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Discussion Starter #1 (Edited)
***NOTE***
Early model year 2000 Xterras that were manufactured before december '99 were equipped with a different box than the rest of the '00-'04s...MAKE SURE YOU VERIFY YOUR PART NUMBER BEFORE FOLLOWING THESE INSTRUCTIONS, I'M NOT SURE WHAT THE DIFFERENCES ARE BETWEEN THE TWO PARTS...THIS DIY IS FOR THE LATER PART #

The FSM doesnt outline how to rebuild the box, just check it for turning tourque, etc...the included instructions are better, but there are still lots of gaps in the information

Tools you will need:

good set of snap ring pliers...not the cheap crap from autozone, you will break them trying to do this project, guaranteed
standard socket wrench
small flathead screwdriver(s)
rubber mallet or small sledge
possibly impact gun/breaker bar, depending on how stubborn the cover bolts are
stone-style cylinder hone & power drill

Parts you will need:

steering box in need of rebuild
steering gearbox rebuild/seal kit

Random supplies:

degreaser or brake cleaner
lots of rags
power steering fluid WITH SEAL CONDITIONER
drain pan to drain old fluid into
tub of assembly grease

OK, lets start

first, lay the steering box out on the ground (or work bench) and get it ready to pull apart...


open the rebuild kit box and pull out the instructions included....you will be using this reference only, as the instructions are for domestic style boxes with removable end covers and are set up a little differently




grab a cold one, take a deep breath, and lets get to it!


start by removing the 4 bolts holding the stub shaft cover plate on, mine were stubborn and needed some impact persuasion:


once the bolts are out, grab your mallet and tap firmly(not too hard, but with force) on the output shaft (where the pitman arm attaches to) until the entire sector shaft pulls out the end:




remove the output shaft seal, snap ring, metal washer, followed by a multi-layered seal, leave the bearings in place...








shoot some cleaner into the bearings, work the bearings around, and get them as clean as you can....now grab a finger full of grease and work it into each of the two bearings....


now, grab the right seals from the kit, grease the outside of everything, and drive them all back in the way they came out, dont forget the snap ring!:


now lets focus on the sector/stub shaft cover:
remove the bolts holding the cover on and tap the cover off with your mallet...remove the o-ring going aroung the edge of the inner portion, and remove the two smaller o-rings in the holes for the fluid lines.




now lay the cover on the ground and find a socket to use with your mallet to drive out the seal and bearing that sit up inside the cover, be sure to remember which way the bearing is facing!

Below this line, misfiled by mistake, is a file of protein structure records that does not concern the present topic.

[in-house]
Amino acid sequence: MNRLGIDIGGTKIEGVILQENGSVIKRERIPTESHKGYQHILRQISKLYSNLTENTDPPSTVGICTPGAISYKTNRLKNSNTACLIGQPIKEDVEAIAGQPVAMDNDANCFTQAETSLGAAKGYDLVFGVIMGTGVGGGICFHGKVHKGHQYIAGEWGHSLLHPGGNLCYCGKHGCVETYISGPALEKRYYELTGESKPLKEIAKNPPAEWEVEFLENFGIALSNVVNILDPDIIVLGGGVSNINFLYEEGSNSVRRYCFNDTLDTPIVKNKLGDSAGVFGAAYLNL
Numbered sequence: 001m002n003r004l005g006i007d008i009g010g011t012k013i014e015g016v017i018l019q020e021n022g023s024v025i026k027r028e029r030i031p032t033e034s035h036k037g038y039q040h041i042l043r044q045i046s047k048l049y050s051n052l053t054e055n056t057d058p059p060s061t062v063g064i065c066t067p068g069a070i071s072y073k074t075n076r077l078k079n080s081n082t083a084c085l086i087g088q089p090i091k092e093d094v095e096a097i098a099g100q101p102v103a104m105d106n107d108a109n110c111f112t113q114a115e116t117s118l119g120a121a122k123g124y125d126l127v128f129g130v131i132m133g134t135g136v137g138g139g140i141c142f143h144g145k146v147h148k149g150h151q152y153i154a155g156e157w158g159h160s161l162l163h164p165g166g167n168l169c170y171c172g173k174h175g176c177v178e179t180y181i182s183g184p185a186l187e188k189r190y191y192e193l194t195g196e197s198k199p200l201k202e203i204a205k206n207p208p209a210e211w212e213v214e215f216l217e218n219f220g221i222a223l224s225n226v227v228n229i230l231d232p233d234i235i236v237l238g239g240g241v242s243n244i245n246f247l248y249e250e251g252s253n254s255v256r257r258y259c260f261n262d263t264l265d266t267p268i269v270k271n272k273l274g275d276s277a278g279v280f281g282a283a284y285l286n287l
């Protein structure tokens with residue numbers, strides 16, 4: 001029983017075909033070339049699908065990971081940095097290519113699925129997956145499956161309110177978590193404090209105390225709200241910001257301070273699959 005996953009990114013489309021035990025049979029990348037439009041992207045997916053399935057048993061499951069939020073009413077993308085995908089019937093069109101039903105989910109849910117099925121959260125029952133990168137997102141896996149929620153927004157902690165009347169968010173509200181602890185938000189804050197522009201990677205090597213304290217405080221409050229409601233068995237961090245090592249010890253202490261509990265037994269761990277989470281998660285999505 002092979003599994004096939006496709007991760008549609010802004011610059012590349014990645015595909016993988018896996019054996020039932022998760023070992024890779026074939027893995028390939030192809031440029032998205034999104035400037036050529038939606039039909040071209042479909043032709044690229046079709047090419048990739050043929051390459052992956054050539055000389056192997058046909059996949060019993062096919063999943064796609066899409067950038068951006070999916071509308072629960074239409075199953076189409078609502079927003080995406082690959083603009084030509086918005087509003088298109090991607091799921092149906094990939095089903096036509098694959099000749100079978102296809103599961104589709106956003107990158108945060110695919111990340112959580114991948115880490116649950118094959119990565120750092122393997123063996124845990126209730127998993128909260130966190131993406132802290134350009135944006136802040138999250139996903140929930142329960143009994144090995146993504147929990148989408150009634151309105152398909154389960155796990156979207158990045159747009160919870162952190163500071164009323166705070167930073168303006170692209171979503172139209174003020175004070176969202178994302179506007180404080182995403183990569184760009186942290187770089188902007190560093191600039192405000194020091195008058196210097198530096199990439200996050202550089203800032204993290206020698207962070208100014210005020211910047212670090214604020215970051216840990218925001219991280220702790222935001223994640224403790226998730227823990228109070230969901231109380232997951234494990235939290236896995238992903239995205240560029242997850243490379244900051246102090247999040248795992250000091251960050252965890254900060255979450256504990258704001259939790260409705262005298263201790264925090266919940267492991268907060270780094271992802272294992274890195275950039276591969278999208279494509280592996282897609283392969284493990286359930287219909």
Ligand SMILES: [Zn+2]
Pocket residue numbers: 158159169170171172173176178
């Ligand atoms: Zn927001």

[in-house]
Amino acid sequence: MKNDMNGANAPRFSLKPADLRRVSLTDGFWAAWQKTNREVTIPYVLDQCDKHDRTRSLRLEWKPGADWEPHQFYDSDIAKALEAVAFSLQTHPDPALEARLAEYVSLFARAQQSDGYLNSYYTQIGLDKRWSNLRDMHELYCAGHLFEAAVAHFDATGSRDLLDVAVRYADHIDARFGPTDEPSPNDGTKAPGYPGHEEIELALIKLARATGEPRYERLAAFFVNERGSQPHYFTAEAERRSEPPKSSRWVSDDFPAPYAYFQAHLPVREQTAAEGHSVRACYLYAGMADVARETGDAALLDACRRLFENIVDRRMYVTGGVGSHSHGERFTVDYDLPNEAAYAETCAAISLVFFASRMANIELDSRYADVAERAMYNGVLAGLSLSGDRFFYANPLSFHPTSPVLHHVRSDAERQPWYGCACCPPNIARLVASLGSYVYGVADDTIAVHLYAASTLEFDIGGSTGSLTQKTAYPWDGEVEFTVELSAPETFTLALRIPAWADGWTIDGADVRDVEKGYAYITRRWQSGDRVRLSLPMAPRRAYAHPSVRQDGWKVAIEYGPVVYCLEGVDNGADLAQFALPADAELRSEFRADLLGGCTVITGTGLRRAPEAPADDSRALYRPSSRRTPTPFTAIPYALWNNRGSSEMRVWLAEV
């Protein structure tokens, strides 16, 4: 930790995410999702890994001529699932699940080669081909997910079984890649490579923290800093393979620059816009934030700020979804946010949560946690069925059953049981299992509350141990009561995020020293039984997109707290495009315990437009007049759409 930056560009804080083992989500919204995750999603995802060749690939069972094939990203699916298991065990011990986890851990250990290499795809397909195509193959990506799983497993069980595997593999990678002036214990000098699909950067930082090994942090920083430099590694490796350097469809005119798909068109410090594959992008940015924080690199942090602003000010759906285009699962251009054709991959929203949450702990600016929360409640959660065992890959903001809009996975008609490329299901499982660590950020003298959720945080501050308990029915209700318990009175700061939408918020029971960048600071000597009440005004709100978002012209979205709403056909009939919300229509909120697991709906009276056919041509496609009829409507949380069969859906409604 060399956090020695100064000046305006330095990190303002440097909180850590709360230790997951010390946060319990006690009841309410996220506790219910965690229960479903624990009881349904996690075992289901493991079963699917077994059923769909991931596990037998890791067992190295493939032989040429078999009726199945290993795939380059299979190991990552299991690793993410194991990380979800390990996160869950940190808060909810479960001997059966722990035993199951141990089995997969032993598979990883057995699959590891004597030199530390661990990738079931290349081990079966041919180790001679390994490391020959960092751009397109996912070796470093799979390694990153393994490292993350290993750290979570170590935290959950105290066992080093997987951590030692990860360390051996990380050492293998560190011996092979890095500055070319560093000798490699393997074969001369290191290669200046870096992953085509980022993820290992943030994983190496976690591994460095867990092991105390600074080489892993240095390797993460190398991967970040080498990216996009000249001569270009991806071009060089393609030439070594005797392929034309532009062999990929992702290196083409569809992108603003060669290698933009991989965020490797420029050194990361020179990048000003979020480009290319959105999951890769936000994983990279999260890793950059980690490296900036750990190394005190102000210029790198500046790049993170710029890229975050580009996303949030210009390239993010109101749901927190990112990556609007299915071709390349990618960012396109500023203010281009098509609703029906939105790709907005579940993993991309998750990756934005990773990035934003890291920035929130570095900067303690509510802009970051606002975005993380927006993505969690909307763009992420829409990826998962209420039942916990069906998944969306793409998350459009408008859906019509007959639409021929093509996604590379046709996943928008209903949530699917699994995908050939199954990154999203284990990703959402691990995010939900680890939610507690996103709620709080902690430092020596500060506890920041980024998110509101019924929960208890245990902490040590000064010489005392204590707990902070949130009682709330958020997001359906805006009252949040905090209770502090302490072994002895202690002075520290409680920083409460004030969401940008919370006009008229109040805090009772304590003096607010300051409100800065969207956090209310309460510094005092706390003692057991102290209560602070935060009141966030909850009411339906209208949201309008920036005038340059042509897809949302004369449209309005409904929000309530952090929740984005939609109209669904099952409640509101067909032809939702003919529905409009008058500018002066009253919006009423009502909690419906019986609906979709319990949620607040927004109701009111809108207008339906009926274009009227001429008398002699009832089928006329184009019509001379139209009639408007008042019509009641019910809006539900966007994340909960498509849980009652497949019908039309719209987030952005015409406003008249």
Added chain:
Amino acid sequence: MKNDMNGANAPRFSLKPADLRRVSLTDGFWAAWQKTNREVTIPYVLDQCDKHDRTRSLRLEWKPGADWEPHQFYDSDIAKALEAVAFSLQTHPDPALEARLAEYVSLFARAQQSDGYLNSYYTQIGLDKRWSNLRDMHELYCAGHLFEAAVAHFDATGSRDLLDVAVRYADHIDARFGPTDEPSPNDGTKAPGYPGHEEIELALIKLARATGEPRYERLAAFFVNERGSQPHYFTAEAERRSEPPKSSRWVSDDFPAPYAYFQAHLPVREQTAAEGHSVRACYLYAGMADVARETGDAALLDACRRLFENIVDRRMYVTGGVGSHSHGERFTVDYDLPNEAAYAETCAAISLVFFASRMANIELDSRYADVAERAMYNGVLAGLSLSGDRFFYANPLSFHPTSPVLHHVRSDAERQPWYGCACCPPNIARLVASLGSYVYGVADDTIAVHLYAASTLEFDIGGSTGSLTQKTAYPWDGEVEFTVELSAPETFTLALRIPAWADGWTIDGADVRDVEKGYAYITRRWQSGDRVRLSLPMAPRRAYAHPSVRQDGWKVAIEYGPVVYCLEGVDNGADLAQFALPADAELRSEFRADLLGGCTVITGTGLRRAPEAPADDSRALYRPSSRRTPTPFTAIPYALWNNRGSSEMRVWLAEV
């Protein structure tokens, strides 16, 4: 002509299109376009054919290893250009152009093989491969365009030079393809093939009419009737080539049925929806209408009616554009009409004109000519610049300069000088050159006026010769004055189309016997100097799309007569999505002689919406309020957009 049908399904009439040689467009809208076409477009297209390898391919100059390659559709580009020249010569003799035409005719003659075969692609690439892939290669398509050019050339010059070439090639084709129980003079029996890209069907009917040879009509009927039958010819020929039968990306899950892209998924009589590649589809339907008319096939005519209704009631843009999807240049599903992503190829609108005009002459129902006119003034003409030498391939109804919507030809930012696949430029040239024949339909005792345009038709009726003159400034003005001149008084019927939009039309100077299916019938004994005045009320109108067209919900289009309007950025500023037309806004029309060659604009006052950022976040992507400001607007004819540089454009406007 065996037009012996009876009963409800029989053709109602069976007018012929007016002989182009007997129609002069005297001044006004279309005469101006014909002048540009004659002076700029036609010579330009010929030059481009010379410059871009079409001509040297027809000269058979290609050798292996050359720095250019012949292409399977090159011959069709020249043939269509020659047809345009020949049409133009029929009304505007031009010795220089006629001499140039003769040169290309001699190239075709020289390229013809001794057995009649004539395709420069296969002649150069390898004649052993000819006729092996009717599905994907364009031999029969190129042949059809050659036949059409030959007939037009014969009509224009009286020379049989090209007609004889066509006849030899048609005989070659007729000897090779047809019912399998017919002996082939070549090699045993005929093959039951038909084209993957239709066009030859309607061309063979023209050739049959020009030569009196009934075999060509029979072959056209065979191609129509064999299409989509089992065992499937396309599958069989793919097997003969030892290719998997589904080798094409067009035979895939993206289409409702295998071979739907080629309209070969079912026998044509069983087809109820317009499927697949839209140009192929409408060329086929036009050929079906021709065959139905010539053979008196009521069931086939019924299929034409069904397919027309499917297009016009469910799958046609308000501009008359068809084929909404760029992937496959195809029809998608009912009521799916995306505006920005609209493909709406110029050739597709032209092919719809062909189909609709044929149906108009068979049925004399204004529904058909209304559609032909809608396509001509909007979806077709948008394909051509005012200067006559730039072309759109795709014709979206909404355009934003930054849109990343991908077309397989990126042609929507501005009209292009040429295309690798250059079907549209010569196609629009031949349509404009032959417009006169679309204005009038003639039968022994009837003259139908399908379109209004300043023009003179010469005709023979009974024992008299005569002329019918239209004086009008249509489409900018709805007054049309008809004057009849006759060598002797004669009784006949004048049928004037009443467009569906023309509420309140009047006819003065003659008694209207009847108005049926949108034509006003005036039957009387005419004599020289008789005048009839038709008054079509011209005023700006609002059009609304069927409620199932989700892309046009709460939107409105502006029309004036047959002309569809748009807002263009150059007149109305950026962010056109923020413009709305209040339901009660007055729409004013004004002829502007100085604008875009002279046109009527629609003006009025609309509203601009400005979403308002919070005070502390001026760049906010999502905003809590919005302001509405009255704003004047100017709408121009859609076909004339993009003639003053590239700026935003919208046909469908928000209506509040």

clean out the bearing, work some grease into it with your fingers, rub some grease on the replacement seal, and drive everything back into place from the opposite side (where it came out from), and replace the 2 small o-rings and the 1 large o-ring


now comes the REALLY fun part ::sarcasm::

take a look at the stub shaft (with the teflon seal rings) sticking out of the end of the box...remove the retaining clip with a flathead screwdriver, keep this off to the side as you will use it again...


now, find your biggest pair of snap ring pliers, chug the rest of your beer, and go to town on that BEAST of a snap ring you see going around the inside of the cylinder....it will take a while, you will curse, you will pinch your fingers, it sucks....


once you get the snap ring out, twist the stub shaft to where it wants to pull itself out of the box...its ok, let it pull itself out....after a turn or two you will hear tiny balls falling to the bottom of the box...its ok, just pull the rest of the shaft out and put
 

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Discussion Starter #2 (Edited)
HOW TO: Rebuild P/S Gearbox PART II

now back to the stub shaft:
pull off the old yellow/green teflon rings via a small pair of needlenose pliers and a small flathead screwdriver...they might be a pain in the ass to get off, and make sure you dont nick the metal surfaces around them....


now install the corresponding teflon seal rings included in the kit (should be green)....try not to bend or stretch the rings more than you have to


***TRICK***
once the teflon rings are in place, go inside and put a pot of water on the stove to boil...once the water is boiling, grab your stub shaft with the newly installed teflon rings and submerge the new rings in the water and hold them under for at least 3 minutes...then, take the shaft out of the water and set it aside to cool....once cooled, the teflon rings will shrink slightly and seat themselves better in the channels

now, back to the steering gear housing itself:

clean out the inside of the housing well with some degreaser and get all the old fluid and any debris out....rub clean with a rag, and pour in some power steering fluid...rub it around the walls of the cylinder (the section you pulled the rack piston from)...set up your cylinder hone to make light contact with the inside of the housing cylinder


run the hone up and down 10-15 times (just enought to break the glaze that has formed on the wall), then wipe out the housing and clean it again


this would also be a good time to paint the box itself if you want to protect it or make it look new, i didnt really care that much :)

crack another beer, you deserve it for getting this far!

now, with the stub shaft cooled form the boiling water, insert it all the way into the rack piston (you should just be able to slide it in without threading it)....MAKE SURE IT IS INSERTED ALL THE WAY TO THE END....now go play with your balls:


these balls!


pour a little steering fluid into the two holes where the ball guide was attached to, just to lube the inner runners for the balls...now, drop a ball into each of the holes and wiggle the entire shaft around inside the piston to get the balls to seat properly...do two more, wiggle the shaft, reapeat...


when no more balls can go into the holes, we focus on the guide itself...